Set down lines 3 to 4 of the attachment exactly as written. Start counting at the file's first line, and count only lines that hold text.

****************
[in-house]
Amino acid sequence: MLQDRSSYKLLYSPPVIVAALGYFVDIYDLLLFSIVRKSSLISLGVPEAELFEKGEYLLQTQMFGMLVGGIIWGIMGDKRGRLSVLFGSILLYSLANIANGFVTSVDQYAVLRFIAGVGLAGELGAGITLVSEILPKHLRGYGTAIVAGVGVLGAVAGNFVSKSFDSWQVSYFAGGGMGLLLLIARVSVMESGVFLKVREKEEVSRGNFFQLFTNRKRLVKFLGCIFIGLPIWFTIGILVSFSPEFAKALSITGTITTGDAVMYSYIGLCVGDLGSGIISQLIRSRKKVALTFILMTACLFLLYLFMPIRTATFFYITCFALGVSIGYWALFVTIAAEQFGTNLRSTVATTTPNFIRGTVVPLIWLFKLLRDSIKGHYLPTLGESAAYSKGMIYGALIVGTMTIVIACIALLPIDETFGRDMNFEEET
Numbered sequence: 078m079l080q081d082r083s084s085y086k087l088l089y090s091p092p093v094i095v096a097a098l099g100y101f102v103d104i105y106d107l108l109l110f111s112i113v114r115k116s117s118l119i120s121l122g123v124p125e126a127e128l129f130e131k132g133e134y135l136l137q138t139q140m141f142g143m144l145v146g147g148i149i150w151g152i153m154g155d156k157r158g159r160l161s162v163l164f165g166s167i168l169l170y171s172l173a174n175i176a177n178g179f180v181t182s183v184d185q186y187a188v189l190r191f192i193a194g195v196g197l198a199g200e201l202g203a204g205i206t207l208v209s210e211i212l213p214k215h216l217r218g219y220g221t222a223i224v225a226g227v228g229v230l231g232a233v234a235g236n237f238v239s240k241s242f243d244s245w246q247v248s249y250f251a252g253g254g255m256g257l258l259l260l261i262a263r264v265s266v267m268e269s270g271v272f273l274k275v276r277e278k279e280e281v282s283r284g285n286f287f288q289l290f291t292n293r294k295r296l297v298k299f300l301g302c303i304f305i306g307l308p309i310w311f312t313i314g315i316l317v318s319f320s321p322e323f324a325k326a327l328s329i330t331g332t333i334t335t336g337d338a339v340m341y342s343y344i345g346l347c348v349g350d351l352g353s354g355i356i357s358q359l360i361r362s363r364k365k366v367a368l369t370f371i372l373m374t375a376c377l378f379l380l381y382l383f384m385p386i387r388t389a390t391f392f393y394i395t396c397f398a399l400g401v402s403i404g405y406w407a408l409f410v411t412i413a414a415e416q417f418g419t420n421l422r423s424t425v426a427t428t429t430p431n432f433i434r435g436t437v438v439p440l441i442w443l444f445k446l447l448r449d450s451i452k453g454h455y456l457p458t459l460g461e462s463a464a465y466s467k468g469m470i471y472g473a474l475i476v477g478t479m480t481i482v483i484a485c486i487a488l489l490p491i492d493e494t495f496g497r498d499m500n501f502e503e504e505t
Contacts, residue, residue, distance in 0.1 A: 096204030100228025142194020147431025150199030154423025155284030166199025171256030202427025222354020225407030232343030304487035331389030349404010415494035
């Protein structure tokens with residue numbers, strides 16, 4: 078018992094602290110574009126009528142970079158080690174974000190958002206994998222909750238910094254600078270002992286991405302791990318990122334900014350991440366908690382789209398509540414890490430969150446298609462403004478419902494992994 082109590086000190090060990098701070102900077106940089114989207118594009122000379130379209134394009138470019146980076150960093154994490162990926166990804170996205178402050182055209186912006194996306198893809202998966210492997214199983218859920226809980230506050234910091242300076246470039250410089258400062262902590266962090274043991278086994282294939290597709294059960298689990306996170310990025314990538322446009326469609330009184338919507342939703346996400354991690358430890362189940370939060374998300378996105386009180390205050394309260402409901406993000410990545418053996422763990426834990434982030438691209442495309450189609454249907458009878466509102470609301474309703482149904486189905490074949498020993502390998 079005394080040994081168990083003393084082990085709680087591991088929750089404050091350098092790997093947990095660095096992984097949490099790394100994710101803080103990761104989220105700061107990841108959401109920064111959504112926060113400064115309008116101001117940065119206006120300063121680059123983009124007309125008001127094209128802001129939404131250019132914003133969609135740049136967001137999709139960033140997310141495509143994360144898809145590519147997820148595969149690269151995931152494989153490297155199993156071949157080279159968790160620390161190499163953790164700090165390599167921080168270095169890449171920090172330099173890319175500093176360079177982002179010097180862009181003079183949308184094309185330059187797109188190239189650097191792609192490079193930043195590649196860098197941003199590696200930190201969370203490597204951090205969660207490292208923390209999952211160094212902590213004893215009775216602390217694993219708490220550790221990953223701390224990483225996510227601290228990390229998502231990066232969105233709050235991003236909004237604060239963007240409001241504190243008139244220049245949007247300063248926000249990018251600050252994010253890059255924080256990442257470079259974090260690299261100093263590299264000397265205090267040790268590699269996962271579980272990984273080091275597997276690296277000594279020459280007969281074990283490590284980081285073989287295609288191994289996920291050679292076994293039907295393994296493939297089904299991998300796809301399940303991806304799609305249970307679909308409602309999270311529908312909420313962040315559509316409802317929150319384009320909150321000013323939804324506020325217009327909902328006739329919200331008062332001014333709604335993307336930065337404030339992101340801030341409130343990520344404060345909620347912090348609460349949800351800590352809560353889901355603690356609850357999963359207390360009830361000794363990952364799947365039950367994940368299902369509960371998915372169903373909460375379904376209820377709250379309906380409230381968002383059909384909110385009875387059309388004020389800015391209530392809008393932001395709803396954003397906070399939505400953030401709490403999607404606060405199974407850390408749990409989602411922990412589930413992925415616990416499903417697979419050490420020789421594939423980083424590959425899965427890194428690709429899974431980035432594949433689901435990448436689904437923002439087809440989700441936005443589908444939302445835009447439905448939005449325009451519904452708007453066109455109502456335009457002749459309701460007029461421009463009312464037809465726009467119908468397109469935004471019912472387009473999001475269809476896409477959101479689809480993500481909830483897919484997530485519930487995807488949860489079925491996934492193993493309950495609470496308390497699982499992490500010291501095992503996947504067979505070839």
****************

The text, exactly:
Numbered sequence: 078m079l080q081d082r083s084s085y086k087l088l089y090s091p092p093v094i095v096a097a098l099g100y101f102v103d104i105y106d107l108l109l110f111s112i113v114r115k116s117s118l119i120s121l122g123v124p125e126a127e128l129f130e131k132g133e134y135l136l137q138t139q140m141f142g143m144l145v146g147g148i149i150w151g152i153m154g155d156k157r158g159r160l161s162v163l164f165g166s167i168l169l170y171s172l173a174n175i176a177n178g179f180v181t182s183v184d185q186y187a188v189l190r191f192i193a194g195v196g197l198a199g200e201l202g203a204g205i206t207l208v209s210e211i212l213p214k215h216l217r218g219y220g221t222a223i224v225a226g227v228g229v230l231g232a233v234a235g236n237f238v239s240k241s242f243d244s245w246q247v248s249y250f251a252g253g254g255m256g257l258l259l260l261i262a263r264v265s266v267m268e269s270g271v272f273l274k275v276r277e278k279e280e281v282s283r284g285n286f287f288q289l290f291t292n293r294k295r296l297v298k299f300l301g302c303i304f305i306g307l308p309i310w311f312t313i314g315i316l317v318s319f320s321p322e323f324a325k326a327l328s329i330t331g332t333i334t335t336g337d338a339v340m341y342s343y344i345g346l347c348v349g350d351l352g353s354g355i356i357s358q359l360i361r362s363r364k365k366v367a368l369t370f371i372l373m374t375a376c377l378f379l380l381y382l383f384m385p386i387r388t389a390t391f392f393y394i395t396c397f398a399l400g401v402s403i404g405y406w407a408l409f410v411t412i413a414a415e416q417f418g419t420n421l422r423s424t425v426a427t428t429t430p431n432f433i434r435g436t437v438v439p440l441i442w443l444f445k446l447l448r449d450s451i452k453g454h455y456l457p458t459l460g461e462s463a464a465y466s467k468g469m470i471y472g473a474l475i476v477g478t479m480t481i482v483i484a485c486i487a488l489l490p491i492d493e494t495f496g497r498d499m500n501f502e503e504e505t
Contacts, residue, residue, distance in 0.1 A: 096204030100228025142194020147431025150199030154423025155284030166199025171256030202427025222354020225407030232343030304487035331389030349404010415494035